Finally, everything was back to normal again. I don't know what went wrong, or why, but the printer appears to be working again.

I will say this: As complicated as things get, thankfully the companies that make these products program (somewhat) easy setup utilities that do all the work of connecting and verifying the hardware. Many years ago, in my early days of computing, I had to manually do the setup, selecting things like "interrupts," sometimes in MSDOS to get peripherals to work with my computer.

Wednesday 2018.4.18

Good Dentistry

A new dental office opened close to where I live. The planned opening was announced several months ago and I've been waiting patiently. It's a large practice with eight offices in the county.

We have two other dentists close by, but they're both crooks. One makes his money by selling unnecessary crowns, and at a premium. If a crown costs $1,300 and my insurance pays $741.50, he'll charge $850. The other dentist drilled a small whole in a tooth adjacent to the one he was working on, setting me up for a cavity, and more money for him, at my next visit.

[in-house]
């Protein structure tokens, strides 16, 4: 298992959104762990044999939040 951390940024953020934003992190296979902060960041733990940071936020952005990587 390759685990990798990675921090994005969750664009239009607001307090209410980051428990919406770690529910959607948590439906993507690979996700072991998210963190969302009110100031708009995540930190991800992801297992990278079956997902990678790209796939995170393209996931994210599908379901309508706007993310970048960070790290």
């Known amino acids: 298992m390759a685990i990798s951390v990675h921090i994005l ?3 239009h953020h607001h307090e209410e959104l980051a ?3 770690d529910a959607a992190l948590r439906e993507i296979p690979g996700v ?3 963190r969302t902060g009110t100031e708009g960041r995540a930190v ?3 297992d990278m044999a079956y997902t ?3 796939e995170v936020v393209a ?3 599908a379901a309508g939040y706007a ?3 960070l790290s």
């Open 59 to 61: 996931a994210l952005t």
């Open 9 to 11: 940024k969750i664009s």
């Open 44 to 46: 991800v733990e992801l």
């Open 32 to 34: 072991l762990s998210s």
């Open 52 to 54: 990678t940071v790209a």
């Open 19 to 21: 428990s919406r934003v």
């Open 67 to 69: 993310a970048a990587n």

The new dental office is very nice. Their Grand Opening was on Saturday, when they were offering several procedures — cleanings, exams, extractions, fillings — for free. There was a long line outside the door when I biked past to do some shopping. They must have had a full staff of dentists there, bringing them in from their other offices, to provide free services to all those people.

I went to the office early on Monday morning. Being their first regular day, the office was practically empty. They could see me right away for my standard cleaning, exam, and x-rays. One cavity was found under a crown, which meant replacing the crown. My insurance covered more than half. My cost was $558.50. That's fair. And the doctor was able to do most of the procedure that same day. I have to go back in two weeks for the final crown.